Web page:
29th Jun 2022

EU summit opens with silence on Strasbourg folly

Thursday's EU summit opened with silence on a subject dear to the 568,000 Europeans who recently signed a petition for the European Parliament to drop its €200 million a year second home in Strasbourg.

Parliament president Josep Borrell had planned to speak up on Strasbourg in his keynote speech to EU leaders, but cut the point the week before, after Austrian chancellor Wolfgang Schussel told him to.

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  • Josep Borrell "quite likes going to Strasbourg" (Photo: European Parliament)

"Consultations with member states - in particular with France, the host state - made clear the issue is not one the council should be considering," Mr Schussel's letter stated.

The Austrian "nein" was also good enough for socialist MEP leader Martin Schulz - the champion of the anti-Strasbourg campaign in recent weeks - to drop the issue without complaint.

Mr Schulz' office told EUobserver he got what he wanted - to show that the Strasbourg folly is the fault of member states, not MEPs, with any move needing EU 25 consensus on a treaty change.

"In this sense, it was a success," his spokesman said, adding that - to the best of his knowledge - Mr Schulz has not himself signed the "populist absurdity" of the anti-Strasbourg petition.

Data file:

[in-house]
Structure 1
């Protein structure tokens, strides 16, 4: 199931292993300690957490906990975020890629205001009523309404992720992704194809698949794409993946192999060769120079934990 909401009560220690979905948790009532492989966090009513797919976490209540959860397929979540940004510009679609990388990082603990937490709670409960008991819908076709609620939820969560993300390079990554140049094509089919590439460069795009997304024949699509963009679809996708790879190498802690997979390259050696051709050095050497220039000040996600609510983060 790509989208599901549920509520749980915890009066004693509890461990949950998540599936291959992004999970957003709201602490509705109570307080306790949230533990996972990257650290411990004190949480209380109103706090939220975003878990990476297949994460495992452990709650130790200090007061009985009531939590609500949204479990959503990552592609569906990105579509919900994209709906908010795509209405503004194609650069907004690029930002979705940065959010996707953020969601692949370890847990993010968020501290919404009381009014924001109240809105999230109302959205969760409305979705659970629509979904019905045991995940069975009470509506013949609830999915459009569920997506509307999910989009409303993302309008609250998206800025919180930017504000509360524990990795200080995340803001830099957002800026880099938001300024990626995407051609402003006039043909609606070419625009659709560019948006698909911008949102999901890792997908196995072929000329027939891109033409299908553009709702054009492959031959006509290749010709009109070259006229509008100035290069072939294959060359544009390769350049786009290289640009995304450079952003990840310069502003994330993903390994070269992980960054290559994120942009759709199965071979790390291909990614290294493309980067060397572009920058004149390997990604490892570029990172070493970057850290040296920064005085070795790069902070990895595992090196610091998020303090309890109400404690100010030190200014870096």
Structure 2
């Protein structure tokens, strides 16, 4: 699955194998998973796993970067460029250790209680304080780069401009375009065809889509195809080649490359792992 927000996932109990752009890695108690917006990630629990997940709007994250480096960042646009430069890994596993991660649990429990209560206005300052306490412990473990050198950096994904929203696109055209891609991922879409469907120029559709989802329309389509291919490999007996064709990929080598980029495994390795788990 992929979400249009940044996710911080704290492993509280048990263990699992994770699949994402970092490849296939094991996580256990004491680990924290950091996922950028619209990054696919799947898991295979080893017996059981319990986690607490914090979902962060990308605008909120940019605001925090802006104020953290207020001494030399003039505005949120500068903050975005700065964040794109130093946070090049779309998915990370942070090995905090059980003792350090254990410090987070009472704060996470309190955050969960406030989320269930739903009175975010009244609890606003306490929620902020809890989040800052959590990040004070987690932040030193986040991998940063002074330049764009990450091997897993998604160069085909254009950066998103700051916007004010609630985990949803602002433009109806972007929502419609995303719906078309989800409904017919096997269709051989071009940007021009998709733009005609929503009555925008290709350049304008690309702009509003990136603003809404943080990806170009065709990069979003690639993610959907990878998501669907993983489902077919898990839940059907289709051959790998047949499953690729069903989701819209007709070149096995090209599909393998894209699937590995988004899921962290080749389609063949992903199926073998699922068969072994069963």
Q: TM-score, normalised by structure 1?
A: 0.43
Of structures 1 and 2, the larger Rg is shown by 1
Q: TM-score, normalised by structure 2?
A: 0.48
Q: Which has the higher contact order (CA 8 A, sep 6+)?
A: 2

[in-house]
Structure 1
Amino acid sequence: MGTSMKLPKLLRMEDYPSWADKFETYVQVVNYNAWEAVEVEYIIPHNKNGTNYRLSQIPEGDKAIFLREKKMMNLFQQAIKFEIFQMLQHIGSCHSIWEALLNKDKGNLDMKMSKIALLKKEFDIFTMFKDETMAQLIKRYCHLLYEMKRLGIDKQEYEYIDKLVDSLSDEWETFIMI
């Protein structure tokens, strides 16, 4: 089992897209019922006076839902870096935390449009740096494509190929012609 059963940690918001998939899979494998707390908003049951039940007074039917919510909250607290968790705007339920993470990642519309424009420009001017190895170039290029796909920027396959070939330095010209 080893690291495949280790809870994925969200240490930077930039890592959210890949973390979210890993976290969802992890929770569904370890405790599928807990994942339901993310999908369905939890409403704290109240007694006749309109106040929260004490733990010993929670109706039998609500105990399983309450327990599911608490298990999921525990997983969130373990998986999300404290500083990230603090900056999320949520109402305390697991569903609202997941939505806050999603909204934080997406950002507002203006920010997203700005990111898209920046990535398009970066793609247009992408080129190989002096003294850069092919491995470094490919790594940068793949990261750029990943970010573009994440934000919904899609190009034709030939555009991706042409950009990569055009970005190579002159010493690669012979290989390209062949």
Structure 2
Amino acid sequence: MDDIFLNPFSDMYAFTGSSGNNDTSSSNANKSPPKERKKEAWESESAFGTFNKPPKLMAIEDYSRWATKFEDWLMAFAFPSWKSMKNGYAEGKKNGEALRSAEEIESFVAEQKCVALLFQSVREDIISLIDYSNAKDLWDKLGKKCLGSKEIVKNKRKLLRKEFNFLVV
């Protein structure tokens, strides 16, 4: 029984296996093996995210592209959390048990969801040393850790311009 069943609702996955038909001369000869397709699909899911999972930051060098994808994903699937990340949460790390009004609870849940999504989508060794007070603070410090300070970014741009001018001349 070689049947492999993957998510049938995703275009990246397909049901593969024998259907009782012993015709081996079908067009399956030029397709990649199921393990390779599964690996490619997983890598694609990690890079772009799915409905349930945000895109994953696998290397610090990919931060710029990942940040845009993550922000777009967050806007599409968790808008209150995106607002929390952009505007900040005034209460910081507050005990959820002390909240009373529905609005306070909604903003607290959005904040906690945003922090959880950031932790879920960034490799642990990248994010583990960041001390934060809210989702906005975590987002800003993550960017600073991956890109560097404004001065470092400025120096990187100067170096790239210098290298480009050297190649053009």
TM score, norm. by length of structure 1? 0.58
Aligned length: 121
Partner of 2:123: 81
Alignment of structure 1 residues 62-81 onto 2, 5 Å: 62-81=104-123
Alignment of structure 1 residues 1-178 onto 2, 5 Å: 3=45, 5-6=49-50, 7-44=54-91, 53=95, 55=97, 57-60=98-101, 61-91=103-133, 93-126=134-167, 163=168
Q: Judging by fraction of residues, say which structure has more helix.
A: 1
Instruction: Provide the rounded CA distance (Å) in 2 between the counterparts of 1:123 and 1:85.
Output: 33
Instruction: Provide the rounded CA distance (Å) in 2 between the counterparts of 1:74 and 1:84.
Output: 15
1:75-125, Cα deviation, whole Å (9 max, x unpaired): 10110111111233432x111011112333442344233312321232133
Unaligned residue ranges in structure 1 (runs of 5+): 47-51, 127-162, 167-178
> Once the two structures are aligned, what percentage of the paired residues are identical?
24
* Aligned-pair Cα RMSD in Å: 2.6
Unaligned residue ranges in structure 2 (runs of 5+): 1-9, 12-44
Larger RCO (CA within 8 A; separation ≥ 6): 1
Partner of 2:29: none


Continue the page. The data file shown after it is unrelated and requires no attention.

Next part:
The petition, pressing for just one parliament seat in Brussels, has gathered over 568,000 signatures in one month, fuelled by recent revelations that Strasbourg overcharges the EU by millions on rent.

The parliament's Liberal group indicated Mr Schulz' push was "never a real campaign" so much as a stunt designed to get British socialist anti-Strasbourg MEPs, such as Gary Titley, off his back.

President Borrell's emotional attachment to his original anti-Strasbourg speech could also be questioned. "He quite likes going to Strasbourg, actually," his spokeswoman indicated.

"The issue is not dead but it's definitely closed for the moment," she added.

If the two MEP leaders never really believed they would get Strasbourg on the summit agenda, then it is equally true most EU prime ministers don't care about the topic.

Vague statements that the EU should be "more efficient" or "parliament should be in one place" had to be pulled through the teeth of the Dutch and Danish leaders by press in the summit run-up.

"No. No. No one really talks about this in Portugal. I think it is only exciting for you journalists," Portuguese prime minister Jose Socrates told EUobserver.

"What if they do have 500,000 signatures? You have 500 million people in the EU so I don't think France is that scared," one EU diplomat said. "It's a Don Quixote thing."

And so the Spanish president of the European Parliament instead took the line of Sancho Panza - the pragmatic squire to Don Quixote's idealistic knight in the old comic novel.

His speech before EU leaders was a dutiful run-through of parliament's official recommendations on the constitution - they want a new treaty by 2009 - and enlargement - a good thing that requires a new treaty.

"Each time difficulties arose, we drew on our shared beliefs for the imagination needed to overcome them," he concluded, quoting EU founding father Paul-Henri Spaak in a conciliatory vein.

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